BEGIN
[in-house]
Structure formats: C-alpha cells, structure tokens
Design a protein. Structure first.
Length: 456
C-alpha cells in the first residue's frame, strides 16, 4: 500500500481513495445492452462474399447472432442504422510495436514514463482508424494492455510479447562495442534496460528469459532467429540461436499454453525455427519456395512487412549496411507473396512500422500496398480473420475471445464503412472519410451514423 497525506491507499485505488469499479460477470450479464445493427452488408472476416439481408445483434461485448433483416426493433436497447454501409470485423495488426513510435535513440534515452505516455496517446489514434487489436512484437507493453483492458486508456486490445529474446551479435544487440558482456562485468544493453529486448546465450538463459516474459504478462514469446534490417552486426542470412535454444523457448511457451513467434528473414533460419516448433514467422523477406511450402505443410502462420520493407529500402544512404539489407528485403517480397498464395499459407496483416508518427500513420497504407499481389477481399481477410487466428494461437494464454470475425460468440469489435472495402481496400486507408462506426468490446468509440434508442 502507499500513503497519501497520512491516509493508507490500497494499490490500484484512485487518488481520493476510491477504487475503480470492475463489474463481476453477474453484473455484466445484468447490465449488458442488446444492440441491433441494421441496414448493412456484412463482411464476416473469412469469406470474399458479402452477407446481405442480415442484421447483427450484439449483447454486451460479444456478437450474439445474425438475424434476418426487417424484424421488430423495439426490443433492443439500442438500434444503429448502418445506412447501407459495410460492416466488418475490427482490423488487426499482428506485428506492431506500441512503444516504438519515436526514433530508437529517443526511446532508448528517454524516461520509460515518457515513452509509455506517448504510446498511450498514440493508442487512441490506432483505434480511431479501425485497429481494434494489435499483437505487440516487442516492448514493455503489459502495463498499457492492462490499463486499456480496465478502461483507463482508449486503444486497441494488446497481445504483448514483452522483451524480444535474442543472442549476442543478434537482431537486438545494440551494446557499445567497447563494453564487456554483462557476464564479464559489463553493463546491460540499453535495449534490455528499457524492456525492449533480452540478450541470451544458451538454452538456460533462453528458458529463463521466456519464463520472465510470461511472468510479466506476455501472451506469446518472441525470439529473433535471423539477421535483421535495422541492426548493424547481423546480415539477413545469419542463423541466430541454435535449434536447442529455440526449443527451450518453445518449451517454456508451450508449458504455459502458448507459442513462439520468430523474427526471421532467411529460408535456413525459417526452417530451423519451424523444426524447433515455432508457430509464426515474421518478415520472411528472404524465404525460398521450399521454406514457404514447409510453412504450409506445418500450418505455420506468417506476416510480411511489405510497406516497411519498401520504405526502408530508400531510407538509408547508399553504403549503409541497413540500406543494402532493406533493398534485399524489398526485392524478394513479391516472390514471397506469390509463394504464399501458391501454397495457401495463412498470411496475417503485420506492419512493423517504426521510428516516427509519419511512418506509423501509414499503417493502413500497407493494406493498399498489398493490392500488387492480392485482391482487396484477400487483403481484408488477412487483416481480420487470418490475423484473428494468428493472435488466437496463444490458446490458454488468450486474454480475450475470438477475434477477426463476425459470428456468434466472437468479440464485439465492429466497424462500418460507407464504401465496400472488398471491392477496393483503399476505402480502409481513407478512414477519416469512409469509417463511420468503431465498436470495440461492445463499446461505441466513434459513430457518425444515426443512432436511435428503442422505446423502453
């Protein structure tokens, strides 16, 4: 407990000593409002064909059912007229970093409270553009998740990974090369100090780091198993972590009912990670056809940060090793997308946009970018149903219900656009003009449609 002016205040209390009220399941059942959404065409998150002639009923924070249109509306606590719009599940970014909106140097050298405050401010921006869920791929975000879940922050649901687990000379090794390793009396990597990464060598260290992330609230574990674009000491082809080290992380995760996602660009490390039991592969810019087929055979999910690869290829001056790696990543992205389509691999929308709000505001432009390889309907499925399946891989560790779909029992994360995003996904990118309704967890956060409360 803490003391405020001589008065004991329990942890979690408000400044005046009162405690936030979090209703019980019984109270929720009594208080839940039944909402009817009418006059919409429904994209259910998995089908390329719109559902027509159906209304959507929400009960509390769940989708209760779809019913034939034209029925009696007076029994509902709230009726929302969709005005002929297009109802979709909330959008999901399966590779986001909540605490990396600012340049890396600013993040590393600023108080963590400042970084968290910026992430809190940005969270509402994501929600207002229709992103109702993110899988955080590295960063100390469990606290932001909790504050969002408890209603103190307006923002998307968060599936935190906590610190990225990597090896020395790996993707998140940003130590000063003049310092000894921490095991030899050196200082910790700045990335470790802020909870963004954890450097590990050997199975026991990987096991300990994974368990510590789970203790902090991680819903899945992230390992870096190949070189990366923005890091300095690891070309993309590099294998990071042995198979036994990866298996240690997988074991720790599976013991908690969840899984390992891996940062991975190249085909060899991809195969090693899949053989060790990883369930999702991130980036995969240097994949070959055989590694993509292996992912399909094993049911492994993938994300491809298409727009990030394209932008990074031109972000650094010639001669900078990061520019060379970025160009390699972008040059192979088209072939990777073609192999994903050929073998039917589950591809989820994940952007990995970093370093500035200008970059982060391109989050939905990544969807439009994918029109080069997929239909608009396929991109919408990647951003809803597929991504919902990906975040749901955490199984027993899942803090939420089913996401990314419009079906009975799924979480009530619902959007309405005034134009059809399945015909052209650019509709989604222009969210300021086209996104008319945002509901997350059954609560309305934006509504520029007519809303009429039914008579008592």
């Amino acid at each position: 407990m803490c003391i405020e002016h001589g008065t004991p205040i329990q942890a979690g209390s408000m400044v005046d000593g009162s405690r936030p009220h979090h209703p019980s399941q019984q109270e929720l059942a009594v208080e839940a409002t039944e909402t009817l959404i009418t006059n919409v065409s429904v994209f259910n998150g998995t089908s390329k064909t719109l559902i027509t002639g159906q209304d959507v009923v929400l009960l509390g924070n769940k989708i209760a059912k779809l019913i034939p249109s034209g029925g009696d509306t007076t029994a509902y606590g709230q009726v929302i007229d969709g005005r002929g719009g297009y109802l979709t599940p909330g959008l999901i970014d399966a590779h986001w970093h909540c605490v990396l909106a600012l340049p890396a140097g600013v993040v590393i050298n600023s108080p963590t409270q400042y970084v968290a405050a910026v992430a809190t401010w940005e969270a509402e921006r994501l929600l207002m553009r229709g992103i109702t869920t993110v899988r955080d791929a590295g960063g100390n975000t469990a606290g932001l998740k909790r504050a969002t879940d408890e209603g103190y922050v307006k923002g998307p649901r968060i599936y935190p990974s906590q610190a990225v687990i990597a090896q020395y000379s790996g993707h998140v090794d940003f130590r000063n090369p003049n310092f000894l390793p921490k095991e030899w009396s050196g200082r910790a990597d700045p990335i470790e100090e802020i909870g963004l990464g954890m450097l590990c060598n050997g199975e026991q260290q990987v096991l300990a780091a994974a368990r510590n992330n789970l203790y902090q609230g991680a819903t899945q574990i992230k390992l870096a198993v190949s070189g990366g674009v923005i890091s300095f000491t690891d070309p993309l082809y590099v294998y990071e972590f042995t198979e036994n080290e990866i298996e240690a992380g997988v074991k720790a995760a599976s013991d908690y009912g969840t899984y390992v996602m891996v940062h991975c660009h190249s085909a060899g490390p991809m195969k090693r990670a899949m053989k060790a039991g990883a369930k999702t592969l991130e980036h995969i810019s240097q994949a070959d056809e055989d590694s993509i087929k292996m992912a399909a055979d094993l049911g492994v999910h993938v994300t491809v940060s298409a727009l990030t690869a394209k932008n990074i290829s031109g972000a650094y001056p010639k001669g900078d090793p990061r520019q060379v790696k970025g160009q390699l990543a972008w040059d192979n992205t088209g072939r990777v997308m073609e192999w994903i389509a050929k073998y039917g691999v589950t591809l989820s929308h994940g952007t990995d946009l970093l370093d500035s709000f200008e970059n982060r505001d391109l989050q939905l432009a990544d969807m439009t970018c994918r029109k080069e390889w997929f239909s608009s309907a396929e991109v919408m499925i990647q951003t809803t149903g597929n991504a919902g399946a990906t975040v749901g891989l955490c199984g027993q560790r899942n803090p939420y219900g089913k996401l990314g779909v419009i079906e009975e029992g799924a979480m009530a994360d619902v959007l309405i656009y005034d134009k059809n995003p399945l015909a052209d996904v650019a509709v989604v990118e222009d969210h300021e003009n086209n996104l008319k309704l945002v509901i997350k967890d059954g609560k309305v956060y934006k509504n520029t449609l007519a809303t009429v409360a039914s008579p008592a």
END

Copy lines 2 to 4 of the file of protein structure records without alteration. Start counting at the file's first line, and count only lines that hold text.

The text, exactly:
Structure formats: C-alpha cells, structure tokens
Design a protein. Structure first.
Length: 456